Challenges facing modern generation ‘worse than the 1950s’


newslatestDisabled people today are having to cope with problems that not even those who grew up in the segregated institutions of the 1950s and 1960s had to face, a leading disabled campaigner has told a conference.

Phil Friend, chair of Disability Rights UK (DR UK), told the organisation’s annual general meeting and conference that the challenges faced by younger disabled people today were “enormous and incredibly difficult”.

He said: “Those of us who grew up in institutions and were educated in special schools… I don’t recall us talking in quite the same way back then about the cuts that we talk about now.

“I don’t think my generation worried about not being able to eat. I think this generation does worry about what it can eat, if it has enough heating or whether it can go out. Those kinds of questions I don’t remember.”

He added: “These changes in the benefits system are having serious impacts on the lives of disabled people and many of you know this much better than I do.”

Friend also called for disabled people to be “strong and united”, and said it was “vitally important” that their voices were heard.

Sir Bert Massie, the former chair of the Disability Rights Commission and an ambassador for DR UK, told the conference that disabled people were for the first time having to defend the rights they had won, rather than fighting for new rights.

He agreed with Friend that disabled people had to speak with a “united voice”.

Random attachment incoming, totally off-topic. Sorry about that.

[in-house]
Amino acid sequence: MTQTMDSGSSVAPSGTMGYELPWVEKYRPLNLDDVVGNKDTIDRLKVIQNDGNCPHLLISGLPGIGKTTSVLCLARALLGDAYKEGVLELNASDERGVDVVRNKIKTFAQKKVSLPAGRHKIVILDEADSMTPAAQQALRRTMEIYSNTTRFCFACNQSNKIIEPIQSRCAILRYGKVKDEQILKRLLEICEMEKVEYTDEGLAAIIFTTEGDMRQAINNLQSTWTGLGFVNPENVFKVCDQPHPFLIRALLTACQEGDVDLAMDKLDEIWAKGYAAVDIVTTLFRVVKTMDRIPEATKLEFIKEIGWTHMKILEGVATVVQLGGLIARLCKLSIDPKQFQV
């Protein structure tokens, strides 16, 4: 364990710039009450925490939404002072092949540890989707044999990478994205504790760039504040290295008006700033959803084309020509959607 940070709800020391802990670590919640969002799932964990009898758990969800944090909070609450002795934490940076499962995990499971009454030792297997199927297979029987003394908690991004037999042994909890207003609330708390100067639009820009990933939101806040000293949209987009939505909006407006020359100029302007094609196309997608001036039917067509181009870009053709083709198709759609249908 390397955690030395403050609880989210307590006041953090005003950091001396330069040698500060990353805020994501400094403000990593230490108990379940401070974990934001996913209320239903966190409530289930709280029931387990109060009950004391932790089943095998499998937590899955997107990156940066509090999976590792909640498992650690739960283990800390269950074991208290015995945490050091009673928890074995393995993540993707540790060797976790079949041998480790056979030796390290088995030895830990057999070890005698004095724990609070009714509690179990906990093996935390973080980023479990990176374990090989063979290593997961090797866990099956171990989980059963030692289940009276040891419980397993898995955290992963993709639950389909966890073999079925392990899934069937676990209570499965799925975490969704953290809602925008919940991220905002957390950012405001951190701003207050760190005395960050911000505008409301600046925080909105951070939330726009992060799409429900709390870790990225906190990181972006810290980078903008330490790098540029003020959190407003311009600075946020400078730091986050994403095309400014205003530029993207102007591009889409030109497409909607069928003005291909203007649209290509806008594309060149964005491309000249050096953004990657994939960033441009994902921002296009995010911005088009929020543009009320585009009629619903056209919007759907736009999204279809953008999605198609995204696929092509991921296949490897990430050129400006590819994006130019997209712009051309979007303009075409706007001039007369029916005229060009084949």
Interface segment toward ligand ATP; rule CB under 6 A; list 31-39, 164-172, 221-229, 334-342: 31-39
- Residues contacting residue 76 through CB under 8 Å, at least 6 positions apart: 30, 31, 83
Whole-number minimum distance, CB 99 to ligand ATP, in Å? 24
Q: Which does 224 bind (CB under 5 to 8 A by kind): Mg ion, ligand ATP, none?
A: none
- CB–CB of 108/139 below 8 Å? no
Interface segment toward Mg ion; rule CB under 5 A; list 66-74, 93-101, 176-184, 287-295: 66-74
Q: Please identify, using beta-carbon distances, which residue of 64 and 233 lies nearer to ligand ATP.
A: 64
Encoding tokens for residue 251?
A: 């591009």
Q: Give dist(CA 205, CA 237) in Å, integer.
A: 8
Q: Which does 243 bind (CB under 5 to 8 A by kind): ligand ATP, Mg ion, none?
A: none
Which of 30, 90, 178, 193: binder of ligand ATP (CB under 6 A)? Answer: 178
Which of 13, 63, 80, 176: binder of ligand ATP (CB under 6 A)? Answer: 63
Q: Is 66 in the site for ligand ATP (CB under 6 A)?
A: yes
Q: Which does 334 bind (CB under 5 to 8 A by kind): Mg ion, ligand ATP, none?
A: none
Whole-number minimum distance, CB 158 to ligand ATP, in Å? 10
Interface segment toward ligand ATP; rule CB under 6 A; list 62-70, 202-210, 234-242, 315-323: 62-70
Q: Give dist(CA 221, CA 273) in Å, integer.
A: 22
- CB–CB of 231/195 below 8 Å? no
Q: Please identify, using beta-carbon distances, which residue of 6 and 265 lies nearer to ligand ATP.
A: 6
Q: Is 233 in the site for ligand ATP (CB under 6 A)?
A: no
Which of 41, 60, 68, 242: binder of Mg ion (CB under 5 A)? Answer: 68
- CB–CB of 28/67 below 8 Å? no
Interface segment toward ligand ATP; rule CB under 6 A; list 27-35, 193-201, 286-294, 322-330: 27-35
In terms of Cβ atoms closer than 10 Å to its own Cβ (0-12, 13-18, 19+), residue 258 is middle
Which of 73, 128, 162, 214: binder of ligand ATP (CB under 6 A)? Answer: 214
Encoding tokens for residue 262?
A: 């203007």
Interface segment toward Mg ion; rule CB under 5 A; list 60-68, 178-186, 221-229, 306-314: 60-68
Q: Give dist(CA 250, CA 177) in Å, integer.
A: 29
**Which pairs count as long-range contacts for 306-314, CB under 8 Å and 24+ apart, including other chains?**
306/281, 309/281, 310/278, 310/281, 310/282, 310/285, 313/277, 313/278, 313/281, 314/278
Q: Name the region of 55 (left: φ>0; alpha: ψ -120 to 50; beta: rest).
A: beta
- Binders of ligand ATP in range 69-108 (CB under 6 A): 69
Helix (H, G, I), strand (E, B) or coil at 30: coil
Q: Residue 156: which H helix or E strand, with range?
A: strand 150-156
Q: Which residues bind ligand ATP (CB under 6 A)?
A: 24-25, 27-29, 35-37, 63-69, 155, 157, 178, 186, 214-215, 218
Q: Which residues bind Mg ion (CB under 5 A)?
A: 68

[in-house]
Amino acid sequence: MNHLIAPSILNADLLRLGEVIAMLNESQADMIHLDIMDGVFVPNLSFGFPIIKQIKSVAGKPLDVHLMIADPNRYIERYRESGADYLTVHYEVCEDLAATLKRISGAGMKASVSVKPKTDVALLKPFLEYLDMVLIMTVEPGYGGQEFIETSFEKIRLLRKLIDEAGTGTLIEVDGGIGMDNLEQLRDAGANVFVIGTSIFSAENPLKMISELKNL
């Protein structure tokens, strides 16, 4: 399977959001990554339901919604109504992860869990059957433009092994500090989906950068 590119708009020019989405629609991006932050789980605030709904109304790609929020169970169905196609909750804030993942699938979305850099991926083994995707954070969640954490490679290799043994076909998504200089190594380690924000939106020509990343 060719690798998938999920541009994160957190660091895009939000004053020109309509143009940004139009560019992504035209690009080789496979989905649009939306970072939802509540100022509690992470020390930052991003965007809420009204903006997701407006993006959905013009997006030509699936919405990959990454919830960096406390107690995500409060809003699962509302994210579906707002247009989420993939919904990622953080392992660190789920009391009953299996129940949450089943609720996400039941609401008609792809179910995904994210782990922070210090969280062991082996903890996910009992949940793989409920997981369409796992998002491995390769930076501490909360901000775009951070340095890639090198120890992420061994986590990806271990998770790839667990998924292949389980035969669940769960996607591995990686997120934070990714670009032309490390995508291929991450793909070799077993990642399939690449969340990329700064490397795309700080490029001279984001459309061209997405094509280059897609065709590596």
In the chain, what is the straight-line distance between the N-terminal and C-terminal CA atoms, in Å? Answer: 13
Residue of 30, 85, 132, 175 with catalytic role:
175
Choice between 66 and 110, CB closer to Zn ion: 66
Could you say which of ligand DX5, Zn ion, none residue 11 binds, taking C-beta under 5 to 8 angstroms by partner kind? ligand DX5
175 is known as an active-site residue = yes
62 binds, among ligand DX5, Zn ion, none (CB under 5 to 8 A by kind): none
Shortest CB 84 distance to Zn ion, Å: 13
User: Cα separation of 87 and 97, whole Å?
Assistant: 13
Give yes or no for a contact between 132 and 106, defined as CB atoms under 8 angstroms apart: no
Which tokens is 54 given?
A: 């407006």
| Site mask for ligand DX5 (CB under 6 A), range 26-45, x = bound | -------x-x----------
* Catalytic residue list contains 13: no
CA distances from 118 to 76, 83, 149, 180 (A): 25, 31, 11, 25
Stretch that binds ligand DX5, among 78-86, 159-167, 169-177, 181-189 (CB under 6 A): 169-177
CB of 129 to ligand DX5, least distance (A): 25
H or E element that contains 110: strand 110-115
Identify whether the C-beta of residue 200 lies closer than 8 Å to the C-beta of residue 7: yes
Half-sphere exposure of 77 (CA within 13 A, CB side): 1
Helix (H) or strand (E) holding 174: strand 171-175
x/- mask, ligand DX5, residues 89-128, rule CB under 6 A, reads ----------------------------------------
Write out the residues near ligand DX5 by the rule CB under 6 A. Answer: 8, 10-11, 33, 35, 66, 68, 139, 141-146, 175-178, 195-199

He said: “We need stronger user-led organisations and they need to talk with one voice. The minute we are divided they will drive a coach and horses through us.”

Sir Bert also warned that, because “disability organisations do not have the resources they used to have”, they were now producing far fewer briefing notes to help MPs and peers “fight back as well as they used to” when a minister made “an incorrect or inadequate statement”.

Lord [Chris] Holmes, the Equality and Human Rights Commission’s disability commissioner, also spoke of the need for “collaboration”.

He said: “Stuff will happen if people work together and come together and believe that a difference can be made.”

He said: “It is absolutely possible to make a difference, not just consolidating what we have but driving forward, better educational attainment for disabled people, also employment rights increased.

“If there was true equality there would be two million more disabled people of working age in work.

“It is an individual tragedy but it is a national shame and we all have a part to play in that.”

Sue Bott, DR UK’s director of development, was critical of the stance taken by the non-user-led charity Leonard Cheshire Disability, which has campaigned for an end to 15-minute home care visits, although she did not mention the charity by name.

She said: “Arguing about 15 minutes here and 15 minutes there isn’t going to get us anywhere. What we need is a complete system change so that people have control over what they do with the core support that is allocated to them.”

She pointed to a survey published by the Guardian newspaper and the Department of Health, which found that seven in 10 people receiving home care had no control over how their needs were being met.

Bott also said that the Independent Living Strategy – published by the Labour government in 2008 – was due for review this year,  but that as the coalition had shown no interest in reviewing it, DR UK was “going to do it for them”.

31 October 2013